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Sign Language and How It Helps People with Autism:

By: Jennavieve Meredith

February 11th 2024 


I want to express how sign language has proven to be extremely useful when it comes to individuals with autism, such as myself. Sign language is a visually based language making it easier to learn and use for people with autism, providing a better way to communicate. Even though sign language is widely used by Deaf and Hard-of-Hearing people, sign language is an important language for anyone who has trouble speaking and hearing. Autism is a spectrum of people where certain individuals have better fine motor skills than they do oral motor skills. That means hand movements may feel much less meticulous compared to movements of the mouth, which are necessary in order to speak in the verbal sense. Having a more difficult time with verbal speaking can create challenges in maintaining friendships, participating in group activities, or even when it comes to succeeding in school. These language barriers can also often lead to an inability to express thoughts and feelings, leading to frustration and outbursts.


Autism affects both expressive and receptive language skills, meaning it's challenging to understand language and express them using words, this can also be paired with other delays, such as difficulty understanding nonverbal cues and learning social skills. That is why some may find it easier to visually imagine how to say something rather than to say it out loud. Autistic people tend to be more visually oriented than language oriented. Another way to consider this thought process is like thinking in pictures rather than piecing words together. At the end of the day, "our ability to interact with other human beings depends on the language". (Zauderer, Steven, 2023) That's why sign language gives us a way to interface with the rest of the world and express ourselves forward, helping overcome any challenges without the need to say something verbally. This gives people with autism an extra means to help fit in with society's norms, though people without a disability will often think that this is too much, that autistic individuals don't feel anything, or that they are being too dramatic. "Autistic people, much like ex-demons, are often assumed to have no feelings at all, but the reality is the opposite: We often feel things very deeply, on a cellular level that impacts every aspect of our functioning". (Thinking autism, 2024) Sign language is a visual language, meaning it uses hand gestures, facial expressions, and body language to convey meaning. This is yet another benefit to the usage of sign language, which gives people the feeling that we can express emotion much more clearly when using sign language rather than speech as a communication method.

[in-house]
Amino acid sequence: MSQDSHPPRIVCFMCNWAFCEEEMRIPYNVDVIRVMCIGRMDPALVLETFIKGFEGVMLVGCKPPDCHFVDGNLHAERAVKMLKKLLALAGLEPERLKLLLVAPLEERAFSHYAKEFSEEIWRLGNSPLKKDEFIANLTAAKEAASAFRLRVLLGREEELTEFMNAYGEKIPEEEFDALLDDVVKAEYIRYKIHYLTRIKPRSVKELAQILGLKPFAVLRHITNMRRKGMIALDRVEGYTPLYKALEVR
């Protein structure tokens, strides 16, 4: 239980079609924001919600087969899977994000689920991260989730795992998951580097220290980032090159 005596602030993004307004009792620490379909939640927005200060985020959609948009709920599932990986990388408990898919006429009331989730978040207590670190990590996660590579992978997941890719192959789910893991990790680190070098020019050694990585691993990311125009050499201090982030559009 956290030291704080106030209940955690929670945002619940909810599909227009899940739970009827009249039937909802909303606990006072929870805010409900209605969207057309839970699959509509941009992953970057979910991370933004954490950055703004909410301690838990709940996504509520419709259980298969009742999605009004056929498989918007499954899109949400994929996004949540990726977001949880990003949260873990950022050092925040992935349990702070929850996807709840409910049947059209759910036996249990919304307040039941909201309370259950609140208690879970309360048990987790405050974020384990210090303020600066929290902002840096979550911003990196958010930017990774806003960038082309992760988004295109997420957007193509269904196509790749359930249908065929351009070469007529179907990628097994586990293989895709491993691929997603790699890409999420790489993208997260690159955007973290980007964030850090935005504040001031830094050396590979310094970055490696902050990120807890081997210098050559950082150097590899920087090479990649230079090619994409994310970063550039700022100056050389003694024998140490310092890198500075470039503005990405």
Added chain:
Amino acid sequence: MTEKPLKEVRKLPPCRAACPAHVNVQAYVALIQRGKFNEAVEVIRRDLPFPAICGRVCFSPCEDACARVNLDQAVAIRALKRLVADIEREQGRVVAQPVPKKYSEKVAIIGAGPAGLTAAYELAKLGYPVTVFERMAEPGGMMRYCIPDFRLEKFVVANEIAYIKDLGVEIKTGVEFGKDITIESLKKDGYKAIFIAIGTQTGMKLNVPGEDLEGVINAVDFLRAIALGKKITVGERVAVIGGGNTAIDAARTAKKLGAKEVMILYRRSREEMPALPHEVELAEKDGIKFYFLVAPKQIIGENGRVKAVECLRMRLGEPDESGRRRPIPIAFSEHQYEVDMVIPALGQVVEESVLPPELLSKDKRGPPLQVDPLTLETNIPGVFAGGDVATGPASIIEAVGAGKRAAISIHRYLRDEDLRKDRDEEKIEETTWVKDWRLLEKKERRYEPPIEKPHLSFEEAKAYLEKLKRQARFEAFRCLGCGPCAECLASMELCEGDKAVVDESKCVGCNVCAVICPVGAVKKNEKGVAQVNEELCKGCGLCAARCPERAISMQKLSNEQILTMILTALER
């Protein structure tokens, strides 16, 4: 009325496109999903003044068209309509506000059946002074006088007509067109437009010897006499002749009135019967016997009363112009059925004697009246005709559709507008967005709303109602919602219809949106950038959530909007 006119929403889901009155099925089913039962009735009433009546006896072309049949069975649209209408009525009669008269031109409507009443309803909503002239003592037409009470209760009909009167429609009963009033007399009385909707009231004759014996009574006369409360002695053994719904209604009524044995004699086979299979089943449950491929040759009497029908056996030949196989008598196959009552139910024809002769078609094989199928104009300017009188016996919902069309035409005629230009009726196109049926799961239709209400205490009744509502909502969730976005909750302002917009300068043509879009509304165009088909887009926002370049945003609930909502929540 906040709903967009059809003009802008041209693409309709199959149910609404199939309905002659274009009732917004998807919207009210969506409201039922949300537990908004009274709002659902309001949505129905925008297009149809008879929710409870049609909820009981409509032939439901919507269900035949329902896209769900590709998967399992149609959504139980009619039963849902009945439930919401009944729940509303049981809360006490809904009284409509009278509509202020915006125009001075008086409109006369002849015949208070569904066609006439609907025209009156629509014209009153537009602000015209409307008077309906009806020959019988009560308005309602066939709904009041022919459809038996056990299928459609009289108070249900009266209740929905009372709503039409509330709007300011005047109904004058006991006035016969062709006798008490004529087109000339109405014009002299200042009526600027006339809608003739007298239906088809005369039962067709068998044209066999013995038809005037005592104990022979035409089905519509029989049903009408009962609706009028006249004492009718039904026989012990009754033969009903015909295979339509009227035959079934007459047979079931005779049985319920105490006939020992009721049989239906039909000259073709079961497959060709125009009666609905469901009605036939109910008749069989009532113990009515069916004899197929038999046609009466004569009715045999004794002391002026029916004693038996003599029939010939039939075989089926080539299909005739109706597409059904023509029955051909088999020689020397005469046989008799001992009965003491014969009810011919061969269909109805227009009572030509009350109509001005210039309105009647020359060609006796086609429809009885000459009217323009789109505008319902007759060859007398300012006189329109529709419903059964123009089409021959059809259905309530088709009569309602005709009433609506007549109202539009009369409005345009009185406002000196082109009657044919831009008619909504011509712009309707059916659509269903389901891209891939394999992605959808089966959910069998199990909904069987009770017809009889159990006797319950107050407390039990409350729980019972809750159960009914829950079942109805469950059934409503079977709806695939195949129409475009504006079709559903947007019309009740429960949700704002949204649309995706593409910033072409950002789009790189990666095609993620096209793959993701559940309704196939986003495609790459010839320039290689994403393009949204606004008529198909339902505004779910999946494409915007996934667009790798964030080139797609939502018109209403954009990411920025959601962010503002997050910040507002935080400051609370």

Another thing is, sign language provides a visual input rather than an auditory input, which for many of us may be an easier way to process language.


In conclusion, sign language is a useful resource for people with autism for many reasons. It is vital to keep in mind that autism is a spectrum. Everyone is different. Some individuals may be fully non-verbal, others may only be partly non-verbal, and others may be able to fully speak without problems. In my experience with learning sign language it has been much easier to remember signs and body language to express something in a situation instead of using my voice. ASL has helped me with having a second way of communication, even a simple hand gesture, when I cannot verbally connect with someone, can be very helpful. The ability to express through the body instead of using words but can express it through body language, expressions, and hand gestures. Using ASL is less stressful than trying to come up with words and speaking out loud, this makes me feel more comfortable expressing what I want to say. ASL has also made me feel more confident and prouder when communicating, as well as helped me with body language and facial expressions, which were things I struggled with growing up. Sign language gave me a way to help show emotions and convey what I wanted to say properly. It is a useful tool for me to have and every day I love learning more. I hope this essay helps show how sign language can help more people in the world, like how it helped me in my life.






Rosa, Shannon (2024) ASL FOR AUTISTICS




Thinking autism (twitter page) 2024, Jan 10 (2)


Zauderer, Steven (2023) CROSS RIVER THERAPY (1)





If you enjoyed this research paper, you may also like: The Use of Sign Language to Help Autistic Children Communicate





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